A fantastic example to illustrate this is our night sky. Look at the stars at night and see how they all just sit there. They move slowly from one horizon to the other, but that doesn’t surprise anyone, that’s because we are rotating around the axis of the Earth. We do not notice that. We don’t feel the wind in our hair from standing on the edge of a massive blue planet spinning around 1,500 kilometres per hour.
We can just peacefully lay on the beach on a windless day and not feel a breeze. We don’t get seasick from all this spinning either. Yet speed we have. All the time. Awake or asleep. The Universe has a magnificent way of appearing idle, while being massively active. Yet its movements are subtle. Just like you can watch a peaceful field of flowers on a beautiful summer day, millions of insects are working hard, but are so small we can’t notice them unless we look at one of these flowers close by.
The motions in the Universe are never abrupt. Nothing takes a sudden left turn, or stops and takes a U-turn. It gradually moves, mostly on curves.
The Sun looks like a giant spotlight producing non-stop massive heat for billions of years. That’s only impressive if you compare it to stuff our size. What’s more is that this giant spotlight is spinning at a mind-blowing 718,900 kilometres per hour on it’s own axis — and that’s just one star. So are all the other stars you see tonight. All little dots, seemingly doing nothing, but rotating around their own axis at incredible speeds, and moving inside their galaxies at even far greater speeds. Yet for the last hundred years, our star map has had the same layout, and doesn’t really change that much.
The Moon is another example. It spins around the Earth at around 3,600 kilometres per hour and around it’s own axis around 16 kilometres per hour. Yet, it always faces the Earth with the same side, as it rotates around its own axis at exactly the same speed of its orbit around Earth in exactly 27 days, 7 hours, 43 minutes and 6 seconds.
Speed and time are closely related. The more speed something has, the less time it takes to do whatever it needs to do. So the longer something takes, the slower its speed is. Speed is in turn closely related to energy, just as it takes more fuel to drive faster.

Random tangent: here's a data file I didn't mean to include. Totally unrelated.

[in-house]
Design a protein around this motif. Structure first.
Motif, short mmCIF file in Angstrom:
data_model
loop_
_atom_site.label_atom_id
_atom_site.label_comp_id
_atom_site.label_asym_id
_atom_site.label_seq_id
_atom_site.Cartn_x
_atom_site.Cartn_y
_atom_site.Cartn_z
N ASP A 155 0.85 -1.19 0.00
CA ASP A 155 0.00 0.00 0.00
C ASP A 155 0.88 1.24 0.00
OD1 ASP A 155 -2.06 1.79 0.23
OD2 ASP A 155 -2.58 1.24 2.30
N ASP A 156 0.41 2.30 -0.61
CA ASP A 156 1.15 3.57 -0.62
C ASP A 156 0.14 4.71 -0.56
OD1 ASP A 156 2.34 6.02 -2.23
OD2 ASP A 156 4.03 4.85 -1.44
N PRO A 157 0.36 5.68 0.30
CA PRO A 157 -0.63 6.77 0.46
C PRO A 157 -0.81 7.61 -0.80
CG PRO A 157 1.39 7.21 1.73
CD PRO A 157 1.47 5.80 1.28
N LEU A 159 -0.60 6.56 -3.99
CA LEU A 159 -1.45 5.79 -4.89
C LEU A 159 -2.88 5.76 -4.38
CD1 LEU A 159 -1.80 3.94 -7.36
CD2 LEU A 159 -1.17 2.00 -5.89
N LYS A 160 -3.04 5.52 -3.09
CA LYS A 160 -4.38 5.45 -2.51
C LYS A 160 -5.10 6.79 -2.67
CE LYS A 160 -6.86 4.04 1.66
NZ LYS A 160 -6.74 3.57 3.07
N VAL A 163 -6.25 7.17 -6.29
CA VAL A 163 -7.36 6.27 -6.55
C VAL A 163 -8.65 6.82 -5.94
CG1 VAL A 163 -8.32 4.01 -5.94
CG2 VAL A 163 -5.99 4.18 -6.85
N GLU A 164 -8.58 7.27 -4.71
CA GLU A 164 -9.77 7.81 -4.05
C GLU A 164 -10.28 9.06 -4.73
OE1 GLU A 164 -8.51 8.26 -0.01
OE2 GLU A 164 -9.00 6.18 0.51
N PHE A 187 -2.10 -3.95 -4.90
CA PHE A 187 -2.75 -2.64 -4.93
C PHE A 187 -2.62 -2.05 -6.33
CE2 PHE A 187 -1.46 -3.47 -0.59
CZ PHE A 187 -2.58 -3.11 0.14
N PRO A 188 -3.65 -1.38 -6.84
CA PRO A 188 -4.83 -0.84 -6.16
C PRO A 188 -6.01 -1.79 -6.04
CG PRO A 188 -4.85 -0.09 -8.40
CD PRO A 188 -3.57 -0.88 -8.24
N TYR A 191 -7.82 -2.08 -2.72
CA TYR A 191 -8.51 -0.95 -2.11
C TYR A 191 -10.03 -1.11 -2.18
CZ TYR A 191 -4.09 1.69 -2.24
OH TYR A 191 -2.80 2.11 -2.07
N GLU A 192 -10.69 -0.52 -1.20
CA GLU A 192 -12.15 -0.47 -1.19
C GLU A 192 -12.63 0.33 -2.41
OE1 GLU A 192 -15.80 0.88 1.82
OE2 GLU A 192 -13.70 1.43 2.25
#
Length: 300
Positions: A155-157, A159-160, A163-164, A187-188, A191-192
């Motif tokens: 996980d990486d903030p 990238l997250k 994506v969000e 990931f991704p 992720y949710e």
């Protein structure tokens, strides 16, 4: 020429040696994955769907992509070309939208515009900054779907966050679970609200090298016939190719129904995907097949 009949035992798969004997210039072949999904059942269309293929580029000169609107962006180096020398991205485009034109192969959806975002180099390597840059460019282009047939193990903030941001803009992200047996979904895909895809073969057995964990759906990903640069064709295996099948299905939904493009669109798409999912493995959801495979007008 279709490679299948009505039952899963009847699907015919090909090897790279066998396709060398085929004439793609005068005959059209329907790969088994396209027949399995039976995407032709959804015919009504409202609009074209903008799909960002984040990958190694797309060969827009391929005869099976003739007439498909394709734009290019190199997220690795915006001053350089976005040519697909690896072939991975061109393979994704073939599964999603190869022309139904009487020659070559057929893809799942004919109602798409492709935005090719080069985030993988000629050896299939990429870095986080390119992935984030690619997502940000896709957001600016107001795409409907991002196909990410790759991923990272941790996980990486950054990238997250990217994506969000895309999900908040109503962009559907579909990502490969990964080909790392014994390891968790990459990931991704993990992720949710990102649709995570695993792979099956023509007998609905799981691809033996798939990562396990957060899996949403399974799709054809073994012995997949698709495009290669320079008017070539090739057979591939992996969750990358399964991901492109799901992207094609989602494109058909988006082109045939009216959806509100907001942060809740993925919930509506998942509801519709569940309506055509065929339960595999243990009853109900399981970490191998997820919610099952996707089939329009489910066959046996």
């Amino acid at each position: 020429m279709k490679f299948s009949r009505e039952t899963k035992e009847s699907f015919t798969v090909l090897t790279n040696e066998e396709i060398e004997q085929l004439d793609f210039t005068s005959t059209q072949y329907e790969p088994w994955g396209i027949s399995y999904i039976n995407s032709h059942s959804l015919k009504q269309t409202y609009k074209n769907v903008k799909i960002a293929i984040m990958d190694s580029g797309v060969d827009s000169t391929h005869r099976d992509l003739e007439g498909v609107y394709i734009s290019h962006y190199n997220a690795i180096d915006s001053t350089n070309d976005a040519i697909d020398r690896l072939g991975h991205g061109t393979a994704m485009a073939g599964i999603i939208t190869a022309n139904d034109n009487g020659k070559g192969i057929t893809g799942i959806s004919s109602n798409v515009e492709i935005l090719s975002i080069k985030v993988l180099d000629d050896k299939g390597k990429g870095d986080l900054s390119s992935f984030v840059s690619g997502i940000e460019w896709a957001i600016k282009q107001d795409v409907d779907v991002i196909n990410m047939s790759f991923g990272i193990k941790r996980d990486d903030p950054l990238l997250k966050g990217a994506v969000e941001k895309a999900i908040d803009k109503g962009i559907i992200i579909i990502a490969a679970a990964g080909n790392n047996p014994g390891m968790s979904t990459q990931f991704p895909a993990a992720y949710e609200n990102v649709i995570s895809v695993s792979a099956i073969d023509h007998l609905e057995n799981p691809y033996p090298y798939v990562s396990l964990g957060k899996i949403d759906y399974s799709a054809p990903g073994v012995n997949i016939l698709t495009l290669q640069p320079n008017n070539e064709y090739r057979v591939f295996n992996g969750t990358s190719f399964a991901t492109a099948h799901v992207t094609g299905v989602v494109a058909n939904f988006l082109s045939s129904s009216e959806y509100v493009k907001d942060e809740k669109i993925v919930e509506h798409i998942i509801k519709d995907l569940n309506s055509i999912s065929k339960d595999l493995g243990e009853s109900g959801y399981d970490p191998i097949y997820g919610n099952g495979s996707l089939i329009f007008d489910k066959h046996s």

This is an interesting observation for our own lives. Since all these factors are linked together, you can adjust one to adjust the other. Let’s say you feel very anxious and stressed. This is probably caused by too much energy being used in your body, making your heartbeat go well above average. The fuel we take in every second is oxygen. So by breathing slower, we can achieve a slower heartbeat and a much more balanced state of mind. If this happens too often over time, we might need to take a look at the other fuel we consume: our food. In this sugarcoated society, a low carb diet might have the same effect.
The rate of our breath and heartbeat is also closely related to our perception of time. At night it almost seems like we sleep forever, yet we only were “away” for six hours or so. While during intense sporting or even computer gaming, time seems to fly by so fast, you could spend 6 hours and only have the impression you were spending an hour on that activity.
In several disciplines that work with time, it is therefore very hard to asses time at all, since it is merely a perception of the average of all life form heartbeats. E.g.: in prediction, it is often easier to predict what, but much harder to predict when.
But would there be a reason for this relationship between speed and time? It seems a bit paradoxic compared to what we know here on Earth. Animals in free nature generally don’t spend any physical effort, to save their strength for the stuff that really matters: food gathering and procreation. It’s interesting how this doesn’t seem to be the case with the rest of the Universe, where stars spin at incredible speeds, and massive amounts of energy fly beyond the speed of light to their destination.
This seems to be a misconception. Our hearts beat all the time, and our bodies can’t stay in one fixed position for longer than a few hours. They have to move — in fact they even move automatically when we are asleep. The same goes for the rest of the Universe. All the heavenly bodies around us spin at incredible speeds and fly around each other many times the speeds of our airplanes.
Yet, for these guys, this is merely breathing. Just like our lungs go up and down, or our heart beats a few dozen times per minute. Movement is key in the Universe, as it indicates life and purpose.